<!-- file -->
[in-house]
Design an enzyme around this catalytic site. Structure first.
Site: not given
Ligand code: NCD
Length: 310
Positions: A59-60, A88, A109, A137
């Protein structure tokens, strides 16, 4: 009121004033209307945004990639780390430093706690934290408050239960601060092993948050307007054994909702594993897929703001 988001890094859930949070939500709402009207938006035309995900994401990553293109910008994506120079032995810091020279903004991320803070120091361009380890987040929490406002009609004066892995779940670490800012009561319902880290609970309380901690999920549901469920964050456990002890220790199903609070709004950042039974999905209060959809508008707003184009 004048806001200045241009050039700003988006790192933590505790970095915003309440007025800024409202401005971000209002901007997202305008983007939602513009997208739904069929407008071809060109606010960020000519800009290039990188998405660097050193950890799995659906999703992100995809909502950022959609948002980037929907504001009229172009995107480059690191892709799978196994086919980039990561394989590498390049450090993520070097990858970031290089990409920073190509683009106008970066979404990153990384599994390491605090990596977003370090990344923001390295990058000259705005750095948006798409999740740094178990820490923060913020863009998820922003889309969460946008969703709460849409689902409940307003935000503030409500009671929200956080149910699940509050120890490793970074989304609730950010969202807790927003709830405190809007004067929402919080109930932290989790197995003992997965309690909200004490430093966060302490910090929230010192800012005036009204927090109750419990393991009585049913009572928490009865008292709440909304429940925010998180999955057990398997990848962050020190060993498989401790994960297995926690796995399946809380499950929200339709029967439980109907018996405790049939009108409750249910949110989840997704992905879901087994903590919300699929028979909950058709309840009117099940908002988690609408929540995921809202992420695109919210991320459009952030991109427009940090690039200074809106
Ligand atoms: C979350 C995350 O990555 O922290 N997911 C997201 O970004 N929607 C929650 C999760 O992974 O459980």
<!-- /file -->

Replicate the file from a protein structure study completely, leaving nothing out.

[in-house]
Design an enzyme around this catalytic site. Structure first.
Site: not given
Ligand code: NCD
Length: 310
Positions: A59-60, A88, A109, A137
């Protein structure tokens, strides 16, 4: 009121004033209307945004990639780390430093706690934290408050239960601060092993948050307007054994909702594993897929703001 988001890094859930949070939500709402009207938006035309995900994401990553293109910008994506120079032995810091020279903004991320803070120091361009380890987040929490406002009609004066892995779940670490800012009561319902880290609970309380901690999920549901469920964050456990002890220790199903609070709004950042039974999905209060959809508008707003184009 004048806001200045241009050039700003988006790192933590505790970095915003309440007025800024409202401005971000209002901007997202305008983007939602513009997208739904069929407008071809060109606010960020000519800009290039990188998405660097050193950890799995659906999703992100995809909502950022959609948002980037929907504001009229172009995107480059690191892709799978196994086919980039990561394989590498390049450090993520070097990858970031290089990409920073190509683009106008970066979404990153990384599994390491605090990596977003370090990344923001390295990058000259705005750095948006798409999740740094178990820490923060913020863009998820922003889309969460946008969703709460849409689902409940307003935000503030409500009671929200956080149910699940509050120890490793970074989304609730950010969202807790927003709830405190809007004067929402919080109930932290989790197995003992997965309690909200004490430093966060302490910090929230010192800012005036009204927090109750419990393991009585049913009572928490009865008292709440909304429940925010998180999955057990398997990848962050020190060993498989401790994960297995926690796995399946809380499950929200339709029967439980109907018996405790049939009108409750249910949110989840997704992905879901087994903590919300699929028979909950058709309840009117099940908002988690609408929540995921809202992420695109919210991320459009952030991109427009940090690039200074809106
Ligand atoms: C979350 C995350 O990555 O922290 N997911 C997201 O970004 N929607 C929650 C999760 O992974 O459980």